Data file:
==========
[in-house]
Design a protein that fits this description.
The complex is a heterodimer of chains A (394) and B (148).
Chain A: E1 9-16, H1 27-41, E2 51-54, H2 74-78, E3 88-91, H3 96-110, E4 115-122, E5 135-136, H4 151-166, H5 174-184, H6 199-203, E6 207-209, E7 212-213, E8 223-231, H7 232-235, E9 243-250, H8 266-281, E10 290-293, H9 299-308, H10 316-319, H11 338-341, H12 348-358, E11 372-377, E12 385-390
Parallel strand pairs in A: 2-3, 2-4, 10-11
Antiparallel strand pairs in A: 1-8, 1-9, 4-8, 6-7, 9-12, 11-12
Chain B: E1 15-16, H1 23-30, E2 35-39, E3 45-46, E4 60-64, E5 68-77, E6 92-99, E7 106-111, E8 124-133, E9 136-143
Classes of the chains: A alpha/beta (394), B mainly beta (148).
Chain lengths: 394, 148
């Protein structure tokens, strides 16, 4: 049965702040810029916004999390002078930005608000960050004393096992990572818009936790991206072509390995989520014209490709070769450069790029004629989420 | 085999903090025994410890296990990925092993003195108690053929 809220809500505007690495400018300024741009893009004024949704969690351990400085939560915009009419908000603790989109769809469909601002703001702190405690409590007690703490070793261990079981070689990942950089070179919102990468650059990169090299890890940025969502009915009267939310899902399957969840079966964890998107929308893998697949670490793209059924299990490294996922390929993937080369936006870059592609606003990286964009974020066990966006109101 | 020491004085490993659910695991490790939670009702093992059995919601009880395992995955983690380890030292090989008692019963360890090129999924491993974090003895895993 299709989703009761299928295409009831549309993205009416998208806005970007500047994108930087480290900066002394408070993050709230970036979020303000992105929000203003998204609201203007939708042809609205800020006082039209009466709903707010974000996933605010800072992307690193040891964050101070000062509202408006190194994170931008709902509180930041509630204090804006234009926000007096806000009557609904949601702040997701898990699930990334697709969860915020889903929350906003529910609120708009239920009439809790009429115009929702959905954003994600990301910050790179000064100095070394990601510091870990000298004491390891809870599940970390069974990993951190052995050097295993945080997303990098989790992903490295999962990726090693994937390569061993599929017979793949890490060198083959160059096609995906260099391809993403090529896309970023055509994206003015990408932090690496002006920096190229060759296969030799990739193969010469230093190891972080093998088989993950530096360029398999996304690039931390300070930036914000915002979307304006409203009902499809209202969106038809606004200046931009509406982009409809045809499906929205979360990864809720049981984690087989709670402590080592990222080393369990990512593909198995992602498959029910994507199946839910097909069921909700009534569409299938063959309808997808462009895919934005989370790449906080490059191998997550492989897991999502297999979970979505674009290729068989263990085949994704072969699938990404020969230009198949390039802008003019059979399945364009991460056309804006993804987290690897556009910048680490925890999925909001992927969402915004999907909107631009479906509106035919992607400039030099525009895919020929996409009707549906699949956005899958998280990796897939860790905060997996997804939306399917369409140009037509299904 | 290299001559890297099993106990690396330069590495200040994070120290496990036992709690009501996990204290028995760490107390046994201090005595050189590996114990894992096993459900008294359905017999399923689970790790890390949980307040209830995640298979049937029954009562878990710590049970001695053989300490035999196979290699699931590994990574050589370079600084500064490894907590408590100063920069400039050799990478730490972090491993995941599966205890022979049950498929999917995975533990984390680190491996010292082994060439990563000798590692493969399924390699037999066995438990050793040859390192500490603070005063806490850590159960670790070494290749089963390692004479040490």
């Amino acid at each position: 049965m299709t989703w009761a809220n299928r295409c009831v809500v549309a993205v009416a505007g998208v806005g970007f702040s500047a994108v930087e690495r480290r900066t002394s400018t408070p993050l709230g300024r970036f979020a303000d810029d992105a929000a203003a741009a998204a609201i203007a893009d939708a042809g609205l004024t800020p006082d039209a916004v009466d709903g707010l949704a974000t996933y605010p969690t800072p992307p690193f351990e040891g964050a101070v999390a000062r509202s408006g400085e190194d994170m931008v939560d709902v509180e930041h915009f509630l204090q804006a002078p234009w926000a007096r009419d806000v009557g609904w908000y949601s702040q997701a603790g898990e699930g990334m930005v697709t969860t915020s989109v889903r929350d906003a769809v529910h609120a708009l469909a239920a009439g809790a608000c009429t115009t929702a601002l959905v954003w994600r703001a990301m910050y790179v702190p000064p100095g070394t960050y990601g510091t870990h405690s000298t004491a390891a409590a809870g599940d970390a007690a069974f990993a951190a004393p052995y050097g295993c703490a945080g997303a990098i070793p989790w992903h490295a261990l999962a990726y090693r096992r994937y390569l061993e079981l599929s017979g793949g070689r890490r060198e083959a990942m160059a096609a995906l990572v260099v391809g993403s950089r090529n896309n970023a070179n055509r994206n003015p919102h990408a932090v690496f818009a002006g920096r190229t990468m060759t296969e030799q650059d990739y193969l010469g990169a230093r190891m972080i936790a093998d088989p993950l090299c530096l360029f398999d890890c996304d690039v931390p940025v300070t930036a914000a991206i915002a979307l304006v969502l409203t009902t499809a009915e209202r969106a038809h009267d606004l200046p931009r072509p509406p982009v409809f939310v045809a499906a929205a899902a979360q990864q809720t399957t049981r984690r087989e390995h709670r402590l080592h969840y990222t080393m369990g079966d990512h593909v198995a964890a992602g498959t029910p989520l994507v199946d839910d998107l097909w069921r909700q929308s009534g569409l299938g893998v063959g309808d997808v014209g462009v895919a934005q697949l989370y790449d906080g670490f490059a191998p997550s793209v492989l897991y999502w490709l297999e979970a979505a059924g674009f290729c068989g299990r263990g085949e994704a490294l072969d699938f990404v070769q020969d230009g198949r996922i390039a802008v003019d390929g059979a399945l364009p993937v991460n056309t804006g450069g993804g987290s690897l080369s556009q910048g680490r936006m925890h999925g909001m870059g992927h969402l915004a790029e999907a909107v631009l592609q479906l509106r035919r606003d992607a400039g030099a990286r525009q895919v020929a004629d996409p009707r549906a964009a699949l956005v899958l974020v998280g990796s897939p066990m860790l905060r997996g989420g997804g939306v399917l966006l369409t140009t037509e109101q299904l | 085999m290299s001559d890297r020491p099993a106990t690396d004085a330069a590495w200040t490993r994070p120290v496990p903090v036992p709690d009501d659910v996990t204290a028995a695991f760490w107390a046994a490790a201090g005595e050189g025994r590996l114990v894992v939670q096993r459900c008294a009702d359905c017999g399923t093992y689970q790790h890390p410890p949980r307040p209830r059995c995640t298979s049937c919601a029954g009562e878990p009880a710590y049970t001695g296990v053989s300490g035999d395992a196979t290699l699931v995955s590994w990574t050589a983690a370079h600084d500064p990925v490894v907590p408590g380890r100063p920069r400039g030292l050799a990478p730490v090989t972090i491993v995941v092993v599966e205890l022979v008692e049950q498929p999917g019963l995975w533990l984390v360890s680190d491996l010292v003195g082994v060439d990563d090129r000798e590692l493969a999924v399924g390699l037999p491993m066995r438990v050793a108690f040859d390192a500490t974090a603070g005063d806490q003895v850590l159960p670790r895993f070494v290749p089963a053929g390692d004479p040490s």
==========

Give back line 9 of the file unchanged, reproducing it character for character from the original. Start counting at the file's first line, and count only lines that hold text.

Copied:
Chain lengths: 394, 148